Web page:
Food Delivery App Riders Take Action in China After Leader 'Disappears'

Food Delivery App Riders Take Action in China After Leader 'Disappears' Restaurant workers in Shanghai prepare meals for app-based delivery in a file photo.

Food delivery riders are taking industrial action in China over low pay and the recent detention of an unofficial labor leader, RFA has learned.

"Meituan food delivery workers protest against lower rates by going on strike in Shenzhen," the Hong Kong-based China Labour Bulletin (CLB) said on its Strike Map on Monday.

Hundreds of workers are demanding a pay increase and better conditions, it said.

The strike comes after Xiong Yan, who headed an unofficial union formed by workers for the food delivery app and other services, was detained in Beijing last month. His whereabouts are still unknown.

According to several people familiar with the situation, workers have been on a go-slow or refusing to work at all since Xiong's "disappearance," resulting in a sharp rise in timed-out orders.

A person familiar with the situation who gave only a surname, Zhang, said riders are considering a nationwide strike on Monday to protest the platform's treatment of riders and Xiong's presumed detention.

"A group of their riders has been talking about going on all-out strike on March 8, but this could just be something they are talking about in their group chat rather than a decision by the alliance as a whole," Zhang told RFA.

"Emotions are running high right now, but posts on Weibo don't stay up long: they generally get deleted soon after they are posted," he said.

He said isn't alone in making stringent demands of takeaway riders, who are treated as "self-employed" and have no employment rights.

"Delivery staff are just casual workers ... a lot of them don't even get contracts," he said. "They may wear the uniform, but they aren't on's payroll."

"Instead they are hired by various dispatch companies in a form of outsourcing," Zhang said. "These platforms will find a number of excuses to deduct workers' pay."

More workers join campaign

Another person close to the situation, Hong Tao, said more riders were taking part in the "sabotage" campaign on Wednesday, but that it was hard to estimate the scale of the action.

"I think it happened in Beijing [on Wednesday], although specific details are hard to come by," Hong said.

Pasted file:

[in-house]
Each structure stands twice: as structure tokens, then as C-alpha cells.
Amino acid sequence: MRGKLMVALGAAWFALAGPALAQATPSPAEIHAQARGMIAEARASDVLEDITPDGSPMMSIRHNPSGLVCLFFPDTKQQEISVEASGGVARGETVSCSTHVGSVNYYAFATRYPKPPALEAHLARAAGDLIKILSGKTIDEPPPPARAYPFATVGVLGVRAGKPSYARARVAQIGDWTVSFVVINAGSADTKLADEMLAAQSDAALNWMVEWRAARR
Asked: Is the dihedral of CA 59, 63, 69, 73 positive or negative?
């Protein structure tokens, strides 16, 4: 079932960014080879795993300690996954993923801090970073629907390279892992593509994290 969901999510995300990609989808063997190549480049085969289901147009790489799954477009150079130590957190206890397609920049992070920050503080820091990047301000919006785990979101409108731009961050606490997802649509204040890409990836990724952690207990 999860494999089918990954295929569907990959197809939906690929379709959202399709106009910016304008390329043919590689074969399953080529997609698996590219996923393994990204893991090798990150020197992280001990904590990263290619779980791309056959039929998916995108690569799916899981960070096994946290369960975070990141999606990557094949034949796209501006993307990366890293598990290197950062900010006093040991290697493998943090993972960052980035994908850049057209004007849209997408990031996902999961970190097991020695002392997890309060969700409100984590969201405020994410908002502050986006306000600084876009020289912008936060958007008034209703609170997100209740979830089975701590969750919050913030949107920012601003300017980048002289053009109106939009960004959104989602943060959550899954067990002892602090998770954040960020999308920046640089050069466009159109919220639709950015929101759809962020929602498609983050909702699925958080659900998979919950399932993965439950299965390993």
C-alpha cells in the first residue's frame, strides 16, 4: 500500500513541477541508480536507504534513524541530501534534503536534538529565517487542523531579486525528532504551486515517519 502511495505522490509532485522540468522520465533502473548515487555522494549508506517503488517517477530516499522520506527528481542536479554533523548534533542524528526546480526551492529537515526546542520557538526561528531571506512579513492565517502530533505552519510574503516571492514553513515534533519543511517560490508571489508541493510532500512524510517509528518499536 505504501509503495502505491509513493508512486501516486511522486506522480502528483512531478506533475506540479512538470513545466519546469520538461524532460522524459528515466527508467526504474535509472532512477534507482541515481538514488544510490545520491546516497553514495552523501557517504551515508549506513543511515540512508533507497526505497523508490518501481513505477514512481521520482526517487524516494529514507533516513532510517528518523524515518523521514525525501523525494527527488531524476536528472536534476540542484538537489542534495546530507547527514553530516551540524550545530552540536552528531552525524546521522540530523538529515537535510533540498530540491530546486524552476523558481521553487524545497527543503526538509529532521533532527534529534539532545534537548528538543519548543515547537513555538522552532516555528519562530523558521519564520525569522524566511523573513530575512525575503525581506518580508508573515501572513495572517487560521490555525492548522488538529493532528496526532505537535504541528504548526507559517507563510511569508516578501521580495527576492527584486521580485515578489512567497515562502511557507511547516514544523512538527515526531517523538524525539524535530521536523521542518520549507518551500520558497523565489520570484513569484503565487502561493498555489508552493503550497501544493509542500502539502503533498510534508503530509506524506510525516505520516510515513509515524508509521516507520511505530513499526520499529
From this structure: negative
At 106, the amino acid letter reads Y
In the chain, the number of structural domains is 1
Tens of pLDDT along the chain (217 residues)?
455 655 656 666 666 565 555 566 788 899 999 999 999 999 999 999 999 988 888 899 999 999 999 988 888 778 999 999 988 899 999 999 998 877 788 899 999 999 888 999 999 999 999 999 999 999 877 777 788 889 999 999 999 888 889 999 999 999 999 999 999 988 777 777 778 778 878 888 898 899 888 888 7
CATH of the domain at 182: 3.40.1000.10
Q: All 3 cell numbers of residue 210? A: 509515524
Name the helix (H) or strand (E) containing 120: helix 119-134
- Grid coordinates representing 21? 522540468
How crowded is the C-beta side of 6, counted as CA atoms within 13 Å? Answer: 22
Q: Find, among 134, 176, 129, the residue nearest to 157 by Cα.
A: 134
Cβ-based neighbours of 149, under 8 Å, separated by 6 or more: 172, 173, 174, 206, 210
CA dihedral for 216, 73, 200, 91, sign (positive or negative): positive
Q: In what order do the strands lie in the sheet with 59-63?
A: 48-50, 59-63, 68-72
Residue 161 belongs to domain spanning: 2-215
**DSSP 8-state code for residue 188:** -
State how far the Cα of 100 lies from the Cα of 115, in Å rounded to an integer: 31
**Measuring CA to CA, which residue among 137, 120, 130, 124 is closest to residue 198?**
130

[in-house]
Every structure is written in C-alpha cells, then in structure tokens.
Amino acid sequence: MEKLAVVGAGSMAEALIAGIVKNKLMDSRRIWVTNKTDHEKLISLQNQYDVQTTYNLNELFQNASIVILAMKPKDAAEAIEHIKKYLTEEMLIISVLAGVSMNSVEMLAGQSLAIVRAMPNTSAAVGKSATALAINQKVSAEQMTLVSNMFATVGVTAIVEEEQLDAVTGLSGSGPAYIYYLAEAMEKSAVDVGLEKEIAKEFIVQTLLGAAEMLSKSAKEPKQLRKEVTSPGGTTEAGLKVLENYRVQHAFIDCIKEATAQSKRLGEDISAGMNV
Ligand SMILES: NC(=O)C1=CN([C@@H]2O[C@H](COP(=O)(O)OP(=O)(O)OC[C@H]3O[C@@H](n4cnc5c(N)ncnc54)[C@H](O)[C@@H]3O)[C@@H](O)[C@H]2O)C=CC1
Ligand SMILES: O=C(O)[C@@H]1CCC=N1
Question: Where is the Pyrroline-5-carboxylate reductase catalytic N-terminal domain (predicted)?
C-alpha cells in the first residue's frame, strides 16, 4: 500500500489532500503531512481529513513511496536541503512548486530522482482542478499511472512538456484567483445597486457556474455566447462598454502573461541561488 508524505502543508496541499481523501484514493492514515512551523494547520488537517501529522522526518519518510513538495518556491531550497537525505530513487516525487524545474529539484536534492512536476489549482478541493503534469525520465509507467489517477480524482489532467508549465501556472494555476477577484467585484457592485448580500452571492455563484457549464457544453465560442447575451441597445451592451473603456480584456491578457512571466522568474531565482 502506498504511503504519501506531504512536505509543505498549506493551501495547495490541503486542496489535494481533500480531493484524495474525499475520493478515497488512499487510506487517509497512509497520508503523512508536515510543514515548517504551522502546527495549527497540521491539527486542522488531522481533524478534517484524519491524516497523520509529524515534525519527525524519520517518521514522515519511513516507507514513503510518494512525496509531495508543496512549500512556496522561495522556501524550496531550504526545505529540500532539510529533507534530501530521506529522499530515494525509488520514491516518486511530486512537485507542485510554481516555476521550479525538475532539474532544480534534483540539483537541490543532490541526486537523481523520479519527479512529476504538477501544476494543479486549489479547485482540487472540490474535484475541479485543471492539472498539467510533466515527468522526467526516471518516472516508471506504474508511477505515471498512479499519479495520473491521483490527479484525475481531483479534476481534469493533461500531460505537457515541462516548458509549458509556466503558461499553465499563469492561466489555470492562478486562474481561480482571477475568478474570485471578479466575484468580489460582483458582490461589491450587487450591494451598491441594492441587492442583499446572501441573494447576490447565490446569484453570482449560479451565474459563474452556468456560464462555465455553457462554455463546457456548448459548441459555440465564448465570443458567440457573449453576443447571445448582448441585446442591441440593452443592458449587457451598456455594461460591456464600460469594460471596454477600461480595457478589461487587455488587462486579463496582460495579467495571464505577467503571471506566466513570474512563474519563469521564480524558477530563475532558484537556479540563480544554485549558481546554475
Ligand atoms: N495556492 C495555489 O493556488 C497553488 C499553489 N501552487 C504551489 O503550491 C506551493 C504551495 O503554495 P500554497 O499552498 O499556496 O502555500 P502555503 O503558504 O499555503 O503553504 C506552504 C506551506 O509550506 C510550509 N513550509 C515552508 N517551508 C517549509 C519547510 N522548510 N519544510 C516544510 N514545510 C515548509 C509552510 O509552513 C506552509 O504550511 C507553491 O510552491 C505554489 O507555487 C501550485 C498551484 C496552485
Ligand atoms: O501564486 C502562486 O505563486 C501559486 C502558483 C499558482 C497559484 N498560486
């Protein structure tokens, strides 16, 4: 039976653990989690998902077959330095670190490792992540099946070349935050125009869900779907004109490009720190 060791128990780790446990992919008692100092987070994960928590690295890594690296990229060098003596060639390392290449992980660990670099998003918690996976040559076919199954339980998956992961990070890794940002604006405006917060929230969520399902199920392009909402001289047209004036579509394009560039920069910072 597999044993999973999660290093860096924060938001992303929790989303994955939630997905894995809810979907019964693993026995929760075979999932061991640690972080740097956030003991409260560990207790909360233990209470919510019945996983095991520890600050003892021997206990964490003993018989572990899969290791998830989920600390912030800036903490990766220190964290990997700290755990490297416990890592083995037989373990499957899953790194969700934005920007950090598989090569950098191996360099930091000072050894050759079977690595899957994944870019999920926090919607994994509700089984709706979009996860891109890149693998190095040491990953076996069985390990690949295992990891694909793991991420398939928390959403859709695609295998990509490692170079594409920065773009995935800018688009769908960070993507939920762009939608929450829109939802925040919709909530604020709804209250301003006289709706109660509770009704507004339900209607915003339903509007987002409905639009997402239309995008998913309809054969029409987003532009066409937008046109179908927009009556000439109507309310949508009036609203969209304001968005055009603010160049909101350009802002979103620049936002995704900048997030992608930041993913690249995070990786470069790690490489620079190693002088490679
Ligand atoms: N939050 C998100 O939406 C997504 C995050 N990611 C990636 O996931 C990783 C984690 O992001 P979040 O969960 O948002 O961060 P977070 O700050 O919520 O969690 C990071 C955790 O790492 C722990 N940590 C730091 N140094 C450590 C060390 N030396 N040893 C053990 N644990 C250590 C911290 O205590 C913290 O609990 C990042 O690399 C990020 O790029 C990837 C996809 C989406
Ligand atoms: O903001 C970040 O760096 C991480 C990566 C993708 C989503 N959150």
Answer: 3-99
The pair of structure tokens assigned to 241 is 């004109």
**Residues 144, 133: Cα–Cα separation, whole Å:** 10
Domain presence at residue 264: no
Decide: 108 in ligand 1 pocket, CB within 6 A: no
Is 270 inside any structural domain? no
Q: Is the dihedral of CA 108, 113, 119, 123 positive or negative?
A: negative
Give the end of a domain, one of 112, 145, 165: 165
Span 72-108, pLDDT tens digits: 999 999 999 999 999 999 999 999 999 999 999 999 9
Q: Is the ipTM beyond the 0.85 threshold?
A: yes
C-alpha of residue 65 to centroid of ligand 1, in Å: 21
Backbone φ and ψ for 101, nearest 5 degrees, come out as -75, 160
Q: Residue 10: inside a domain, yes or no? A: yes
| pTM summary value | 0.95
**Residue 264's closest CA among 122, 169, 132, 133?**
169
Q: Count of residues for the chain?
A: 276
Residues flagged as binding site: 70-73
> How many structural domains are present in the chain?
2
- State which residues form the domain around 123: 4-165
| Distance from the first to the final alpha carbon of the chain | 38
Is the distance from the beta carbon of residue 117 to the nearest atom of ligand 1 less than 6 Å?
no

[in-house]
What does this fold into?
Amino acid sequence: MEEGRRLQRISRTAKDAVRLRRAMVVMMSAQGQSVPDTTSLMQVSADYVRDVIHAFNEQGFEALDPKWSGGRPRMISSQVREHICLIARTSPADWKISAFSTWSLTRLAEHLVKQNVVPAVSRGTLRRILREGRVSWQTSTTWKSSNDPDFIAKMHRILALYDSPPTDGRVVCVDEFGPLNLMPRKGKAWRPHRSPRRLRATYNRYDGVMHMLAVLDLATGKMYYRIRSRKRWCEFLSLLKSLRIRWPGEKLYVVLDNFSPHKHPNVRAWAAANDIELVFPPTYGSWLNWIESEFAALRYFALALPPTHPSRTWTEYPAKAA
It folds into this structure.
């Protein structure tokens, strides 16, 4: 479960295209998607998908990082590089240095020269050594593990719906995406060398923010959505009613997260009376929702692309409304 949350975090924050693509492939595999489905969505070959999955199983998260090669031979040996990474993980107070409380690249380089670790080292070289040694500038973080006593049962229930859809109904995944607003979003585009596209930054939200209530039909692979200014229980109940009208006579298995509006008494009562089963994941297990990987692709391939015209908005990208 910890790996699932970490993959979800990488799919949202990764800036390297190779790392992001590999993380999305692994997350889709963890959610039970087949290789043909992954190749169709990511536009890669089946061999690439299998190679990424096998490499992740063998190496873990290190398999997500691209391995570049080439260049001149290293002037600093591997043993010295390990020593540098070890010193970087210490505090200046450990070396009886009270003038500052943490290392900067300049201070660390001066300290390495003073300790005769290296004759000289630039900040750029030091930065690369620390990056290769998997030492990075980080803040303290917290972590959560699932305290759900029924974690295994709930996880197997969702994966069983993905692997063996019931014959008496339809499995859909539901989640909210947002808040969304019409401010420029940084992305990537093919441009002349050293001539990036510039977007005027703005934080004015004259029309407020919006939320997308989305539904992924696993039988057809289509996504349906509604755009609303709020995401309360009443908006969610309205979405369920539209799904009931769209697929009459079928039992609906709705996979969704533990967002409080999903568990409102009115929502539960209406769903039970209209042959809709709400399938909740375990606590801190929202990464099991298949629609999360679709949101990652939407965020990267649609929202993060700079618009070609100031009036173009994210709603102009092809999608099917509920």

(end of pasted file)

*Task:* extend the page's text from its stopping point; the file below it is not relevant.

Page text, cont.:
According to a post on WeChat Moments by a Beijing-based delivery rider surnamed He, as many as 10,000 delivery riders in more than a dozen groups were involved in the campaign.

He said he had already quit the platform in protest at Xiong Yan's detention and started working for a different company.

Repeated calls to's Shanghai headquarters rang unanswered during office hours on Thursday.

Impossible targets for pay

On Dec. 21, 2020, rider Han Mouwei collapsed and died while working in Beijing using the Hummingbird crowdsourcing app.

His relatives later found that only just over one third of a three-yuan monthly deduction Han had throught was for insurance actually bought into any policy, leading to questions over the purpose of the remaining deduction.

Last month, apologized after its couriers accused the platform of setting impossible targets for holiday bonus pay over the Lunar New Year holiday period.

The company claimed to offer rewards for completing a set number of deliveries in several challenges in January, but the riders said the targets were impossible to reach.

The renewed industrial action comes as the U.K.'s Supreme Court ruled that drivers on Uber's ride-sharing app should be considered workers under U.K. employment law, meaning they are entitled to some employment benefits, including paid leave.

Uber had insisted that the drivers were independent contractors.

Reported by Xiaoshan Huang and Chingman for RFA's Cantonese Service, and by Han Qing for the Mandarin Service. Translated and edited by Luisetta Mudie.


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